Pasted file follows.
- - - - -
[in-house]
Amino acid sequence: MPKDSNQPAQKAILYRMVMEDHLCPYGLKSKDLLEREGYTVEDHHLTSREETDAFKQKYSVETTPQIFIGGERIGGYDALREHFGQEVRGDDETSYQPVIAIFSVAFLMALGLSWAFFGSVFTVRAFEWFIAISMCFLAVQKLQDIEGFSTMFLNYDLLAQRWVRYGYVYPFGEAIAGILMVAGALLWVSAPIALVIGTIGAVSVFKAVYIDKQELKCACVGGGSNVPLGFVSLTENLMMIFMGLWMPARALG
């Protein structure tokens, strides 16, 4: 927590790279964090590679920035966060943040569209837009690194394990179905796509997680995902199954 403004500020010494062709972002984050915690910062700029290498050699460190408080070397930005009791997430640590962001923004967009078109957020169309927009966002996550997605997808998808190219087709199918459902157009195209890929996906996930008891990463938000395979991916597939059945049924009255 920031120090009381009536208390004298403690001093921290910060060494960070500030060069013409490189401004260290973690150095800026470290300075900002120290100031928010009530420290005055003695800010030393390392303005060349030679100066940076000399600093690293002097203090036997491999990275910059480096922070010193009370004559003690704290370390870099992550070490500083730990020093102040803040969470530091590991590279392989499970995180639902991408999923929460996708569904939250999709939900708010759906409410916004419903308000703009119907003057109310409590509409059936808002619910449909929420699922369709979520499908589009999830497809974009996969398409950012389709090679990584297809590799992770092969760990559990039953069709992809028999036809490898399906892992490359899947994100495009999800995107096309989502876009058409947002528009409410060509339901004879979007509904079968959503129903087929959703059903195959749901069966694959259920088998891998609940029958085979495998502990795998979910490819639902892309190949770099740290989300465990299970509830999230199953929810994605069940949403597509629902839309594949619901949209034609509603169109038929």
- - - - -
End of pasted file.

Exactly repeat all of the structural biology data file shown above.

[in-house]
Amino acid sequence: MPKDSNQPAQKAILYRMVMEDHLCPYGLKSKDLLEREGYTVEDHHLTSREETDAFKQKYSVETTPQIFIGGERIGGYDALREHFGQEVRGDDETSYQPVIAIFSVAFLMALGLSWAFFGSVFTVRAFEWFIAISMCFLAVQKLQDIEGFSTMFLNYDLLAQRWVRYGYVYPFGEAIAGILMVAGALLWVSAPIALVIGTIGAVSVFKAVYIDKQELKCACVGGGSNVPLGFVSLTENLMMIFMGLWMPARALG
């Protein structure tokens, strides 16, 4: 927590790279964090590679920035966060943040569209837009690194394990179905796509997680995902199954 403004500020010494062709972002984050915690910062700029290498050699460190408080070397930005009791997430640590962001923004967009078109957020169309927009966002996550997605997808998808190219087709199918459902157009195209890929996906996930008891990463938000395979991916597939059945049924009255 920031120090009381009536208390004298403690001093921290910060060494960070500030060069013409490189401004260290973690150095800026470290300075900002120290100031928010009530420290005055003695800010030393390392303005060349030679100066940076000399600093690293002097203090036997491999990275910059480096922070010193009370004559003690704290370390870099992550070490500083730990020093102040803040969470530091590991590279392989499970995180639902991408999923929460996708569904939250999709939900708010759906409410916004419903308000703009119907003057109310409590509409059936808002619910449909929420699922369709979520499908589009999830497809974009996969398409950012389709090679990584297809590799992770092969760990559990039953069709992809028999036809490898399906892992490359899947994100495009999800995107096309989502876009058409947002528009409410060509339901004879979007509904079968959503129903087929959703059903195959749901069966694959259920088998891998609940029958085979495998502990795998979910490819639902892309190949770099740290989300465990299970509830999230199953929810994605069940949403597509629902839309594949619901949209034609509603169109038929």